This blog post discussing how long to keep documents was originally published by Jennifer back in 2010. It’s a popular post as tax time is wrapping up. Since April 15th is Tuesday(!), take a moment to read up on how long to keep documents. There may be quite few papers you can dispose of (ppssstt…. we are hosting our annual FREE recycle and paper shredding event June 14th. Bring those docs over to our office that Saturday to securely shred them!).
Ahhhh…the end of tax time. Now that you’ve filed another year’s return, it’s time to sort through that stack of old paperwork and shred what you can. Here are some quick tips on what you should keep and for how long…
Tax Returns: 7 years. This includes but is not limited to W-2 and 1099 forms, mortgage interest statements, property tax records, brokerage statements, and canceled checks or receipts for all deductions.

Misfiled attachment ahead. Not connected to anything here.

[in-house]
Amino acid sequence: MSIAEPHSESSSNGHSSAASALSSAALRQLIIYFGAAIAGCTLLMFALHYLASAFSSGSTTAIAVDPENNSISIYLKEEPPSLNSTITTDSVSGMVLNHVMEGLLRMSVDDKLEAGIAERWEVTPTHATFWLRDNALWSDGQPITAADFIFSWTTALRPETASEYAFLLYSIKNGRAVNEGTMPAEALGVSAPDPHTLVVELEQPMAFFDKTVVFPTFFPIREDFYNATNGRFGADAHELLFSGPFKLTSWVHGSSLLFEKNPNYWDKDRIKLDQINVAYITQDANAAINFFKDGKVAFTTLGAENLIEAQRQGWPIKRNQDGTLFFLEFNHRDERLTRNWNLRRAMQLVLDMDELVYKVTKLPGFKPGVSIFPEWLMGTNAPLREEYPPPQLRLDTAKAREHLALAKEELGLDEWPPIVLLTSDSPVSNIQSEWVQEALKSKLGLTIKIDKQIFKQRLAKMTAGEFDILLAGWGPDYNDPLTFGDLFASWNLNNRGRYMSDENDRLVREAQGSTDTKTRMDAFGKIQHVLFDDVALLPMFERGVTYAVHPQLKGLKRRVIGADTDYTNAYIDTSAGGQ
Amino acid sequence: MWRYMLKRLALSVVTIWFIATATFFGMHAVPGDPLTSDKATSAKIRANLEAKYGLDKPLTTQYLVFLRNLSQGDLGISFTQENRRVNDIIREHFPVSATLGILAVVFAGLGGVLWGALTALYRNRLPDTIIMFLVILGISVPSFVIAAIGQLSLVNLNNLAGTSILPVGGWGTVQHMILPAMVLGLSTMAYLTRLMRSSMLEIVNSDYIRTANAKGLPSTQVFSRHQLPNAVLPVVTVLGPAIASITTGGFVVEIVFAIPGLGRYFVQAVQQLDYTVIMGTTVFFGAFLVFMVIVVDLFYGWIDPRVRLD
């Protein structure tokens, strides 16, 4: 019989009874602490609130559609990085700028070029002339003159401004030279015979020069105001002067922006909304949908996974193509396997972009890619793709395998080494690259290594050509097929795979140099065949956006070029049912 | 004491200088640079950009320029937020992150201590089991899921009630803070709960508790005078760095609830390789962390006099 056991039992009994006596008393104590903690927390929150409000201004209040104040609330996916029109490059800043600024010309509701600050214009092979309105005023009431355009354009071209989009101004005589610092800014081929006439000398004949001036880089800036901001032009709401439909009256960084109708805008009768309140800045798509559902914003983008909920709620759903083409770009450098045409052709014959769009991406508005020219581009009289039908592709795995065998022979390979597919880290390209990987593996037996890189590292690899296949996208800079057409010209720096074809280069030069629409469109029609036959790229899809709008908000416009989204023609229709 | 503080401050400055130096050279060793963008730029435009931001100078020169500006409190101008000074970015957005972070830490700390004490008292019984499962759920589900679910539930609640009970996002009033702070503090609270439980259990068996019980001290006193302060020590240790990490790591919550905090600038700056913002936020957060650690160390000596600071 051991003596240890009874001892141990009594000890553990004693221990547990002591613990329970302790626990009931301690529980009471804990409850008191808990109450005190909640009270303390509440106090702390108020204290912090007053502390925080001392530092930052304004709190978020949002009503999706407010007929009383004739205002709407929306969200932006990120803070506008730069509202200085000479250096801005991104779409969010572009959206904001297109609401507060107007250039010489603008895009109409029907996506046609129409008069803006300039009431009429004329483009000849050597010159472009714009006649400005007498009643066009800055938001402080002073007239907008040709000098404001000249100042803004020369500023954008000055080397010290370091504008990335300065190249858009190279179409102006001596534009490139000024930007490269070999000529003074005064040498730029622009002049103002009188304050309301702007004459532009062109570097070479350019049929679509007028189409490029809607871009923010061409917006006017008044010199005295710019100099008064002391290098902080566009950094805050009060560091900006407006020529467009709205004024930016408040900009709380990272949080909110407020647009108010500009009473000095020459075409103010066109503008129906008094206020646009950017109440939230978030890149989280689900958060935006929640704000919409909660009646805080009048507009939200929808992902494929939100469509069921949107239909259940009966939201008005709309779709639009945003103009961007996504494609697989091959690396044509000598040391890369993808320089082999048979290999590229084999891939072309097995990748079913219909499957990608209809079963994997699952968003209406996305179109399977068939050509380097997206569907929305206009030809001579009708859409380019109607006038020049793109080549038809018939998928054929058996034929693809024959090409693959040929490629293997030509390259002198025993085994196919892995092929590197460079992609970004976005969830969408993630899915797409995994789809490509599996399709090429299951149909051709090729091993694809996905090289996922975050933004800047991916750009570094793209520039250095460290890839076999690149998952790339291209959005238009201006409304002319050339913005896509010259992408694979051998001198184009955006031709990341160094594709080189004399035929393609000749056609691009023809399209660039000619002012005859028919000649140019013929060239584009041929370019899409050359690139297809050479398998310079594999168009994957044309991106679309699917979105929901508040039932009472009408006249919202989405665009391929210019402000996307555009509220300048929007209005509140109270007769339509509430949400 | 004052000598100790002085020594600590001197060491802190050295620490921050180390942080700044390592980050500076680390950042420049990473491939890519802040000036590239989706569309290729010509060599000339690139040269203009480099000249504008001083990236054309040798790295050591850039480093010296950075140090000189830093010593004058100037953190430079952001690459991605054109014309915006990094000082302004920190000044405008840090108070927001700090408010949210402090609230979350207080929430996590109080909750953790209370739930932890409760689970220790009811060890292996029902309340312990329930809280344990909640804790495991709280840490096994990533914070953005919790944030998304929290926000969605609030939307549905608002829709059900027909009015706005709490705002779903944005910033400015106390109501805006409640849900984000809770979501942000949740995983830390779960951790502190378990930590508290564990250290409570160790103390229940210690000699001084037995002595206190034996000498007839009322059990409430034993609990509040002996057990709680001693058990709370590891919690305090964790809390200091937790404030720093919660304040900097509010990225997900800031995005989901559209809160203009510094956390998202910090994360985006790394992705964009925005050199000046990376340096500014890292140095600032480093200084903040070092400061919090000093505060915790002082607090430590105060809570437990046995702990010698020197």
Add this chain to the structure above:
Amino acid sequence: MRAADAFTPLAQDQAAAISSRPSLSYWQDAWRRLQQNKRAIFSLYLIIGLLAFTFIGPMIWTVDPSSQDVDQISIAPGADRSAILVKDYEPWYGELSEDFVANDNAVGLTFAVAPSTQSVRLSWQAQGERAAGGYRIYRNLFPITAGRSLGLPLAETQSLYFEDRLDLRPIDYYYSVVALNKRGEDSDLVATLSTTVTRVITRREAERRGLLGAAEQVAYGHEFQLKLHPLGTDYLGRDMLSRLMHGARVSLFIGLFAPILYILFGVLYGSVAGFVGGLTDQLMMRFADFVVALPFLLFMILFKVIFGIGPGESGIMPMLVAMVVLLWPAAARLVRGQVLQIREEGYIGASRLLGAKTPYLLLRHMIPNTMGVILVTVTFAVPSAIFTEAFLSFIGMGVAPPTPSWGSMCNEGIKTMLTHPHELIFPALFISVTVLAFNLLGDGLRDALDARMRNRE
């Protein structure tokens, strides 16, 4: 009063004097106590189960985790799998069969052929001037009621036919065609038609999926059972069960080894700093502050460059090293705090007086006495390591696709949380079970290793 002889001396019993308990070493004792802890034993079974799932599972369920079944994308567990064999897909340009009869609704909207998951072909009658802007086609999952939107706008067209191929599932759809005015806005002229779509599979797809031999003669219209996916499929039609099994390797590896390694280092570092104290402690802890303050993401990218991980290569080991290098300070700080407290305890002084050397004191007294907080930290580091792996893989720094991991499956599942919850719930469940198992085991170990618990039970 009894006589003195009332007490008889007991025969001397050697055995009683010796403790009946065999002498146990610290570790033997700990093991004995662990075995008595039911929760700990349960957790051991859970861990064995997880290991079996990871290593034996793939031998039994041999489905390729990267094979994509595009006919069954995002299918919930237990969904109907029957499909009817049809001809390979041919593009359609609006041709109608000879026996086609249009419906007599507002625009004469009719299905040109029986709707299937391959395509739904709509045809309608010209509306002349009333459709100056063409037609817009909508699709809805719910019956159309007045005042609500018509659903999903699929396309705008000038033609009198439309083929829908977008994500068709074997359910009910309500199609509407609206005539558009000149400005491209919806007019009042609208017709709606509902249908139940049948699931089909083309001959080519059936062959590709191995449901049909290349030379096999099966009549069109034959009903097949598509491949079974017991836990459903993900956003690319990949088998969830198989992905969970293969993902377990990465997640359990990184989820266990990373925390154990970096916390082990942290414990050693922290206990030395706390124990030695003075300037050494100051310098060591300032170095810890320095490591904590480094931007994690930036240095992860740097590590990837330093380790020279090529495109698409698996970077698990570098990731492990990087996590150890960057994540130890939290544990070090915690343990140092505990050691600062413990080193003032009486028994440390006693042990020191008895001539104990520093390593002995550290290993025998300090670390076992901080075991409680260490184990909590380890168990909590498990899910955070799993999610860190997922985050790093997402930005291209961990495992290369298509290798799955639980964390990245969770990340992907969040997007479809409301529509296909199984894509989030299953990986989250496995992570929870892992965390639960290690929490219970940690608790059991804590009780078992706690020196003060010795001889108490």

Home or Condo Sales: 6 years. Keep your HUD statement and other records documenting the sale.
Paycheck Stubs: 1 Year until you receive your annual W-2 from your employer. After confirming that the information on the stubs matches the W-2, shred the stubs. (If it doesn’t match, alert your employer immediately and get a corrected W-2, known as a W-2c).
IRA Contributions: Indefinitely. Make sure you keep the records if you make a nondeductible contribution to an IRA. When the time comes to withdraw funds, you will have proof that you’ve already paid taxes on this money.
Retirement/Savings/Investment Statements: Until you retire or close the account. Keep monthly or quarterly statements until you receive the annual summary, confirm that the statement amounts match up, then shred the monthlies or quarterlies.
Consumer Reports published a similar article that includes information on a broader range of documents, along with two helpful charts on what documents to keep at home and what documents to store in your safety deposit box.
We’d love to hear how you conquer the paper piles as you finished up tax season. Please share in the comment section below.